Starting Wednesday, the nation's stock markets won't be forced to close as quickly if stock prices go into a tailspin.
Federal regulators have approved the so-called circuit breakers, which raise the threshold for trading curbs to drops of 10 percent, 20 percent and 30 percent in the Dow Jones industrial average.The changes proposed by the stock exchanges and approved late Thursday by the Securities and Exchange Commission - the most radical revision yet of the mandatory trading pauses - will make it harder to halt stock trading when prices fall sharply.
Many regulators, including SEC Chairman Arthur Levitt Jr., believe trading should be halted very rarely. Levitt has warned that early market closings create uncertainty and potential panic for investors and could especially hurt the more than 60 million mutual-fund shareholders.
The SEC said Friday the new triggers more closely reflect the circuit breakers' original purpose - to be used only during a severe one-day market decline "of historic proportions."
"We think this is extremely significant," Robert Colby, the SEC's deputy director of market regulation, said in a telephone interview. "It puts the circuit breakers back where they were intended to be: not disrupting trading when it's not absolutely necessary."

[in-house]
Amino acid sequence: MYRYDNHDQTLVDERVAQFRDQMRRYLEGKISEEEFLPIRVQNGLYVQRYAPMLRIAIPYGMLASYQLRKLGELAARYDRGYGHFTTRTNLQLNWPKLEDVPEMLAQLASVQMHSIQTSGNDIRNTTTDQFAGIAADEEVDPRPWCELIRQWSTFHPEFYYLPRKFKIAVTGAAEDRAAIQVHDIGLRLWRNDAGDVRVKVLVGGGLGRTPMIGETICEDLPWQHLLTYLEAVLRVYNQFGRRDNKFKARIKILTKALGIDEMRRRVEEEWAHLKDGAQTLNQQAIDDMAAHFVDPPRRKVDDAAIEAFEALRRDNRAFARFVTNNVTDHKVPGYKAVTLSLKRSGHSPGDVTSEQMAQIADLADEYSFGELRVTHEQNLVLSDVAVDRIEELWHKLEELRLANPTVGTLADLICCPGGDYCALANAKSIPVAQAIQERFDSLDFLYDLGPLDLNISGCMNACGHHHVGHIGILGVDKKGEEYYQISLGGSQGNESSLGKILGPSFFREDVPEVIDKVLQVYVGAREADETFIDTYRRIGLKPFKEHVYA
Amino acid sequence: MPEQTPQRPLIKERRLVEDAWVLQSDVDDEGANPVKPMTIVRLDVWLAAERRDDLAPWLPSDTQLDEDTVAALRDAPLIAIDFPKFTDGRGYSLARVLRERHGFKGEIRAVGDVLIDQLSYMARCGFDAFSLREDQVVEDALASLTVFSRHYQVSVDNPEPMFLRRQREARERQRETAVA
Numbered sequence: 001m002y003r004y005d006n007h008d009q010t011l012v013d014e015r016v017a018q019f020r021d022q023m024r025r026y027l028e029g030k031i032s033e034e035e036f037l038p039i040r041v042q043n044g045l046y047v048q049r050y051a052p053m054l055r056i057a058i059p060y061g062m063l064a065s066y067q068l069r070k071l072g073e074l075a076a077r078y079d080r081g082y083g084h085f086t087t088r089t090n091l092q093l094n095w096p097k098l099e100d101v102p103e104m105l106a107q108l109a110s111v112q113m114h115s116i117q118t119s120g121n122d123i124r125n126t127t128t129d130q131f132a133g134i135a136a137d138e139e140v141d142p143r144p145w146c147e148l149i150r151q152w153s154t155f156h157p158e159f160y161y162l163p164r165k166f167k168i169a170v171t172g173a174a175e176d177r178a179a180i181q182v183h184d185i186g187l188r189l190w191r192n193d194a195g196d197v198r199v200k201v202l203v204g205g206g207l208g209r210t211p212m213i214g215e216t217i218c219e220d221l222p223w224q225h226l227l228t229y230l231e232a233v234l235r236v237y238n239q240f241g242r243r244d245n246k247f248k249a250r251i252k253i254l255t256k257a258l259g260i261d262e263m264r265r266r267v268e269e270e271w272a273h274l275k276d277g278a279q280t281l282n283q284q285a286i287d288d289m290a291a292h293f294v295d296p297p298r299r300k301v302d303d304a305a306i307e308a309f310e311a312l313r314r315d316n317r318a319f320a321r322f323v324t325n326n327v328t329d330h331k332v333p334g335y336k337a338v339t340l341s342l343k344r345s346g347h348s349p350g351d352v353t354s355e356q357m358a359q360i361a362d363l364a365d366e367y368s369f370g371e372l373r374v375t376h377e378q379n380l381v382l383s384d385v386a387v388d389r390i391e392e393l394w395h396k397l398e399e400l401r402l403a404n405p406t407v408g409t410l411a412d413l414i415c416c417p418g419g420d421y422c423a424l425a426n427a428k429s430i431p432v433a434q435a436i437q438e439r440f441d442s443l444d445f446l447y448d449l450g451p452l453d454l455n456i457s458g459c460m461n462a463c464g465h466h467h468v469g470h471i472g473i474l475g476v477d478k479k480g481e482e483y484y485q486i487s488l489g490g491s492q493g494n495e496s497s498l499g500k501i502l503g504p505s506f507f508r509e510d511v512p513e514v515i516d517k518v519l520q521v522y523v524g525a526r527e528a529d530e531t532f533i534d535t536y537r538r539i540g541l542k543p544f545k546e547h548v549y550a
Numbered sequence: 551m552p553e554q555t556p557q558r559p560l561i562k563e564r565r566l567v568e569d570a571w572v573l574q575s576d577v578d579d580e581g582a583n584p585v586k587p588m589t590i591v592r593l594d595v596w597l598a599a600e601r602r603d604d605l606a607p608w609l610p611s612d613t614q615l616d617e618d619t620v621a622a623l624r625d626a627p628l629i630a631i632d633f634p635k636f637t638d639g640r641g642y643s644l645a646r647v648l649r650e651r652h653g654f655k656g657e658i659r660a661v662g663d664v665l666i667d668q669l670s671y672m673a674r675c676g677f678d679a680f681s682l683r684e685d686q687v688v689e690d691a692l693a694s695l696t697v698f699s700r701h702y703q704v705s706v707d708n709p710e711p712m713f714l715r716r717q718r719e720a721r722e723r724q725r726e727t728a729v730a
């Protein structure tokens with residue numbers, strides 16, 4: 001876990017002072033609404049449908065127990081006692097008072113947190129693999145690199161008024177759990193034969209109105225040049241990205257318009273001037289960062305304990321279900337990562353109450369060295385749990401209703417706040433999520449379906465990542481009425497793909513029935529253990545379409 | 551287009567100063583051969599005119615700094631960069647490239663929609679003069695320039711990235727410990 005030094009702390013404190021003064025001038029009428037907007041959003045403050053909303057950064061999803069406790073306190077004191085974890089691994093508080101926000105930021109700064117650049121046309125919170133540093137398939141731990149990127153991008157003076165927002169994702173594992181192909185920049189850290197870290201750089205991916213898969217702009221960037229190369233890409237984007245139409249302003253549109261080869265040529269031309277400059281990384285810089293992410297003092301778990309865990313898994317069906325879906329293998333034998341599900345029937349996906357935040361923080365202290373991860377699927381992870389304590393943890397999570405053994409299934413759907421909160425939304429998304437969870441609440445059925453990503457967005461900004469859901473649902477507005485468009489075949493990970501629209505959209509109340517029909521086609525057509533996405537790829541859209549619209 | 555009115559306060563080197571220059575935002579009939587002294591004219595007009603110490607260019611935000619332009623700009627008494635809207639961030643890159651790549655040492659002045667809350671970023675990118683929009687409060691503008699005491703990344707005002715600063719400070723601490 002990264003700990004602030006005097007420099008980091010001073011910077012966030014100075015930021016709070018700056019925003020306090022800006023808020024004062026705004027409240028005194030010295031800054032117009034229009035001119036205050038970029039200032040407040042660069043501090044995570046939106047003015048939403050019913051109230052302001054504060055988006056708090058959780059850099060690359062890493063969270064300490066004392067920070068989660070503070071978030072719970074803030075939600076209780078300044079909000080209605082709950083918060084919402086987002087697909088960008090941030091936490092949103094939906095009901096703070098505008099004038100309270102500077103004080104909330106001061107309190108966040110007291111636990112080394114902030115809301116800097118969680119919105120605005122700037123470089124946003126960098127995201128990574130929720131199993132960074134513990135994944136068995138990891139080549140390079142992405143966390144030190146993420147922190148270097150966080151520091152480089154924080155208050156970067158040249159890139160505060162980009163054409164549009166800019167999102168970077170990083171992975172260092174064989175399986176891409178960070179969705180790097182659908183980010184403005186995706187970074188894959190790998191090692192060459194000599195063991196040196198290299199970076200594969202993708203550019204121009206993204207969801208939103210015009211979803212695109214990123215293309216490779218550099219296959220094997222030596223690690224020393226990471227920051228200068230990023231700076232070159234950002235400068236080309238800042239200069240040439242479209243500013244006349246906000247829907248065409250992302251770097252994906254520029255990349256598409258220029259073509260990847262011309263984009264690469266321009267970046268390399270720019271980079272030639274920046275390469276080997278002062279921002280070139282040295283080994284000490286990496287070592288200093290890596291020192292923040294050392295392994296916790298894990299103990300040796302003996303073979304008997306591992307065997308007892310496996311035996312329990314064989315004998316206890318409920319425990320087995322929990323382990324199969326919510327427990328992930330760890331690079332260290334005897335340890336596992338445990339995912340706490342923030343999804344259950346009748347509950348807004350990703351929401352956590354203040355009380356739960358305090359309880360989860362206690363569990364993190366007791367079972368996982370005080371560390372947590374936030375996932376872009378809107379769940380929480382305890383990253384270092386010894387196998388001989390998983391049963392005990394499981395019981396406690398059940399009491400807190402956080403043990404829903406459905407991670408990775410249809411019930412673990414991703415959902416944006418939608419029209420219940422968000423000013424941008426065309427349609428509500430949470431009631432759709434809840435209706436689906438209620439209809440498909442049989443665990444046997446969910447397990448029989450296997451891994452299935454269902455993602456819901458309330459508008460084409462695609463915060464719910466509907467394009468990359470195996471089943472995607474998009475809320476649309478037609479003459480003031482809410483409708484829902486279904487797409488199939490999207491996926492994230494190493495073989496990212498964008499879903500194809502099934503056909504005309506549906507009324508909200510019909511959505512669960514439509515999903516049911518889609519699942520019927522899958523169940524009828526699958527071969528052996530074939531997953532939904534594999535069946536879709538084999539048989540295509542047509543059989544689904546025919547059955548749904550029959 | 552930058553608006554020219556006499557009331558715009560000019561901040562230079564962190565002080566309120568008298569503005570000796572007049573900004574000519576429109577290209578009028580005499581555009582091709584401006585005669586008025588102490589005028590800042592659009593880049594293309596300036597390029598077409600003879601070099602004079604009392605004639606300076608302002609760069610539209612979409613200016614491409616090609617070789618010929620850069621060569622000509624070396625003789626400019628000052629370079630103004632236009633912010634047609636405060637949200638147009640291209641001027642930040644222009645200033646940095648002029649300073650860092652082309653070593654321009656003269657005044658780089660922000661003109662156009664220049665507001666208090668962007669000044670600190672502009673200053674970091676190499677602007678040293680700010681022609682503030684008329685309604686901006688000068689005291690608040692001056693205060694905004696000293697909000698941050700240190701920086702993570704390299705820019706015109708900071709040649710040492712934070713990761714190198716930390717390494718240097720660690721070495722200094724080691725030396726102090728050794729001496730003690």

The current curbs halt trading when the Dow industrials fall 350 points, which is now equal to about 4 percent, and 550 points, or about 6 percent.
The changes were proposed early this year by the New York Stock Exchange, other major exchanges and the National Association of Securities Dealers because of concerns the current triggers are too low and can aggravate market instability.
The market has fallen 20 percent in one day just once and 10 percent twice.
At the current levels, the triggers have only been activated once: during the market meltdown of last Oct. 27. But that sparked howls of protest and a push to raise the limits intensified.
The agency has been receiving public comments on the proposed changes since February, Colby noted. He said the stock exchanges have assured regulators they will be able to implement the new system by next Wednesday, the effective date.
The new trigger levels will be converted into point values at the beginning of each quarter of the year, using the average closing value of the Dow average for the previous month.
In a statement, the SEC laid out the new scenarios for each trigger level of decline in the Dow average:
- For a 10 percent decline, the trading halt will be one hour if triggered before 2 p.m. New York time. At or after 2 p.m. but before 2:30 p.m., the halt will be for a half-hour. At or after 2:30 p.m., the market will not halt at the 10 percent level and will continue trading.
- For a 20 percent decline, the halt will be two hours if triggered before 1 p.m. New York time. At or after 1 p.m. but before 2 p.m., the halt will be for one hour. If the 20 percent level is reached at or after 2 p.m., trading will stop for the remainder of the day.
- For a 30 percent decline anytime, trading will be halted for the rest of the day.